In re Meleisa,
IN THE MATTER OF THE REMOVAL
OF MELEISEA MISI FROM HOLDING
THE MATA1 TITLE “MELEISEA”
OF THE VILLAGE OF TAPUTIMU, TUALAUTA COUNTY,
TUTUILA, AMERICAN SAMOA
High Court of American Samoa
Civil Jurisdiction, Land and Titles Division
July 2, 1973
This matter came on for hearing before A. P. LUTALI, Chief Judge, presiding; APE POUTOA, Associate Judge; and A’AU ITUMALO, Temporary Associate Judge.
Petitioner, Si’i Samuelu T. Meleisea, was present and represented by his counsel, Sivia Sunia.
Defendant, Meleisea Misi, was present and represented by his counsel, I vi S. Pele.
This action concerns the removal of Meleisea Misi from holding the matai title “Meleisea” of the village of Taputimu, Tuaulata County, Western District, Tutuila, American Samoa.
Petitioner requested removal of Defendant under Sec. 6.0106 of the Revised Code of American Samoa. It reads as follows:
Any matai who leaves American Samoa for longer than one year may be divested of his title upon application instituted by petition [4ASR114] filed in the High Court by any member of the family of the absent matai. Upon presentation of such petition the Court may, but need not, upon satisfactory proof of such absence, divest such title. The Court in its discretion may also consider the reasons for such absence, and the wishes of the family actively serving the matai.
Petitioner filed petition on April 3, 1973. Service was accomplished on May 22, 1973, as evidenced by Affidavit of Service and by letter from Defendant to Petitioner acknowledging receipt thereof. Satisfied that all statutory requirements were met, we proceeded to hear the evidence.
Petitioner alleges, among other things, “that Defendant moved to the United States more than 10 years ago, and is (sic) to this date, residing in the United States,” and that “Defendant, by being absent from the Territory, caused irreplaceable damages to the dignity of the Meleisea family, and neglected his duties as a leading matai of my family, village, county, and to the Territory of American Samoa (sic)”
The facts adduced at the trial clearly show that Petitioner is a blood member of the Meleisea family; that he has lived in the village of Taputimu most of his life; and although he is a matai of another family, he participates in affairs of the Meleisea family. The Defendant is 71 years old and has held the Meleisea title since 1946. In 1964 he left for the United States and remain [sic] there until 1969, when he visited American Samoa for two weeks. He returned to the United States because of ill health.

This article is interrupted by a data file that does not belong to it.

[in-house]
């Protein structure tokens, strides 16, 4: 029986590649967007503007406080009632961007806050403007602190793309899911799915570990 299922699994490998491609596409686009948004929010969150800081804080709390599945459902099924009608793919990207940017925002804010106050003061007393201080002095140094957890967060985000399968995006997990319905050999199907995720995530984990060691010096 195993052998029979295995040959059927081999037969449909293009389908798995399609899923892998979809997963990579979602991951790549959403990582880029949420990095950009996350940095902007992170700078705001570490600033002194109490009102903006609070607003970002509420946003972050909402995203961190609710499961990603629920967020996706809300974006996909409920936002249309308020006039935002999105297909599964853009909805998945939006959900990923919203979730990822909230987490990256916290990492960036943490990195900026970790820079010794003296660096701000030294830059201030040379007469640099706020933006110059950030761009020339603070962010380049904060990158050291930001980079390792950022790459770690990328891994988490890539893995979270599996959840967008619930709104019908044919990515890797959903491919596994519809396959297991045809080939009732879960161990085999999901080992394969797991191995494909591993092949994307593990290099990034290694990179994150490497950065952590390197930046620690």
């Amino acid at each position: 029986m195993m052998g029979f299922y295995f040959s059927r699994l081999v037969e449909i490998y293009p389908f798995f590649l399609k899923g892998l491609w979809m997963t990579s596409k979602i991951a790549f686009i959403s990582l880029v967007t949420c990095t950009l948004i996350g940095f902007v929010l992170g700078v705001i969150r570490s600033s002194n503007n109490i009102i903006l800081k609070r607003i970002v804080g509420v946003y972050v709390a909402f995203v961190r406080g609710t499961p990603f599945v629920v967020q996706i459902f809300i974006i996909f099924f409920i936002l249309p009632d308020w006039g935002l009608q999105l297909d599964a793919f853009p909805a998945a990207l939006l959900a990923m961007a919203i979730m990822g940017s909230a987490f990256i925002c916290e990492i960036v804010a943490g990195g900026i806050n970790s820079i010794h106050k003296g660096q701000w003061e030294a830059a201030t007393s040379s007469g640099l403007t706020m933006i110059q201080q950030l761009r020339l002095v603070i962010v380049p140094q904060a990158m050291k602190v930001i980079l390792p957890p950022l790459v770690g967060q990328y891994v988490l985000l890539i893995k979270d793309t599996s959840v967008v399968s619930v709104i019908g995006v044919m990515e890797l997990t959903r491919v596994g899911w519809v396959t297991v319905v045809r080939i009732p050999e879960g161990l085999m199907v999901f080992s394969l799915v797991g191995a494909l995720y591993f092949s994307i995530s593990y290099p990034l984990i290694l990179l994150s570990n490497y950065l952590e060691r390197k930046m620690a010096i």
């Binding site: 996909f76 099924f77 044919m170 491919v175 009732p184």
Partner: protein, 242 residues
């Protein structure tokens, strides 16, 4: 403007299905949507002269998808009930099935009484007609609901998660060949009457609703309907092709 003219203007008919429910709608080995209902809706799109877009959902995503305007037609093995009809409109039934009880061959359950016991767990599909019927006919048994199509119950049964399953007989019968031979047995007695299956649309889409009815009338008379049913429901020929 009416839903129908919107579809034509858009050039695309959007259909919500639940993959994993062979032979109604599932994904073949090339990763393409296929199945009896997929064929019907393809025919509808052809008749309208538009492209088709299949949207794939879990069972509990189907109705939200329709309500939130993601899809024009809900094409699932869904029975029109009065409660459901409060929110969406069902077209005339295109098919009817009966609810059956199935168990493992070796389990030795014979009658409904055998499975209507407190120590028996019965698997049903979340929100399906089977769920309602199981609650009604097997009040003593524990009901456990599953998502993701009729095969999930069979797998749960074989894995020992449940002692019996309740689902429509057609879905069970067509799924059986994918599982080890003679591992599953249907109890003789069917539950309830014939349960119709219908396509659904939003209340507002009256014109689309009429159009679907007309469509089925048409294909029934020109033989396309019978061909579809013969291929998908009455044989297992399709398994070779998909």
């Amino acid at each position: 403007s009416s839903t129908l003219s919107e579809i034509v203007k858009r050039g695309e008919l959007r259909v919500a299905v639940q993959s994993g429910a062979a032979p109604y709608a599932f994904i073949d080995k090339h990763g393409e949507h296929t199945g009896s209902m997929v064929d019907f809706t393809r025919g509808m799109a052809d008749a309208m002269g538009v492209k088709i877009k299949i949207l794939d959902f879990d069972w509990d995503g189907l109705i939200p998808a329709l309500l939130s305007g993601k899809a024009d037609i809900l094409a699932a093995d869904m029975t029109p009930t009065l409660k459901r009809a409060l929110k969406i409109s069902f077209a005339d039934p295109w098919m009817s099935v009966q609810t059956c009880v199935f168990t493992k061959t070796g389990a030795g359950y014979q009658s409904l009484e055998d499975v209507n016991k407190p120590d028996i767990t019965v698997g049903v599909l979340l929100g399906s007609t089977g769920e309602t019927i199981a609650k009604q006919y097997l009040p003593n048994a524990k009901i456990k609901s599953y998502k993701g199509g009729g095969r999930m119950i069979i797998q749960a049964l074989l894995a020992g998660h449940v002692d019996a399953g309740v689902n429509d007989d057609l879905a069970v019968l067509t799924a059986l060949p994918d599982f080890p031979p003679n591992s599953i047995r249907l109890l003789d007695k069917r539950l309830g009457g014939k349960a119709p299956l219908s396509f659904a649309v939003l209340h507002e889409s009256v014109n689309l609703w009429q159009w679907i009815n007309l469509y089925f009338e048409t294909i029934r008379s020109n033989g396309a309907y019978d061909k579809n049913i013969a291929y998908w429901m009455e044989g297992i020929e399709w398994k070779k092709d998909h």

In deciding this case we are guided by the desire of the people of this territory, expressed through then” duly elected representatives in the Legislature, that a matai should not be absent from his responsibilities under the matai system for longer than one year. These are times of great concern. The matai system, the very foundation of the Samoan way of life and culture, is being incessantly bombarded by changes and pressures from external [4ASR115] sources. The matai must always be on the alert to protect, preserve, and improve family properties and affairs entrusted to him, as well as to provide the leadership for the people who selected him. To be sure, the matai cannot perform these functions effectively residing thousands of miles away.
More importantly, the matai is the administrator of the family. When he becomes negligent and unmindful of the performance of his duties and when his actions and behavior are detrimental to the well-being of his family, he should be removed. The fact that the Legislature recently facilitated removal of an absent matai by requiring only one member of the family to petition such removal denotes, and strongly, legislative disapproval of absenteeism in the matai ranks.
Defendant, having resided in the United States for approximately eight years without sufficiently good reason, and having failed to Provide the continuous leadership to which the family is entitled, the Court is compelled to divest him of the matai title “Meleisea”.
Defendant argued that removal would constitute “cruel and unusual punishment” contrary to Article I, Sec. 6, of the Revised Constitution of American Samoa. We unanimously hold this argument to be without merit.
ACCORDINGLY, IT IS HEREBY ORDERED, ADJUDGED, AND DECREED that Meleisea Misi be hereby divested of the matai title “Meleisea”.
Costs in the amount of $25 are hereby assessed against Defendant to be paid within 30 days from the date of this decision.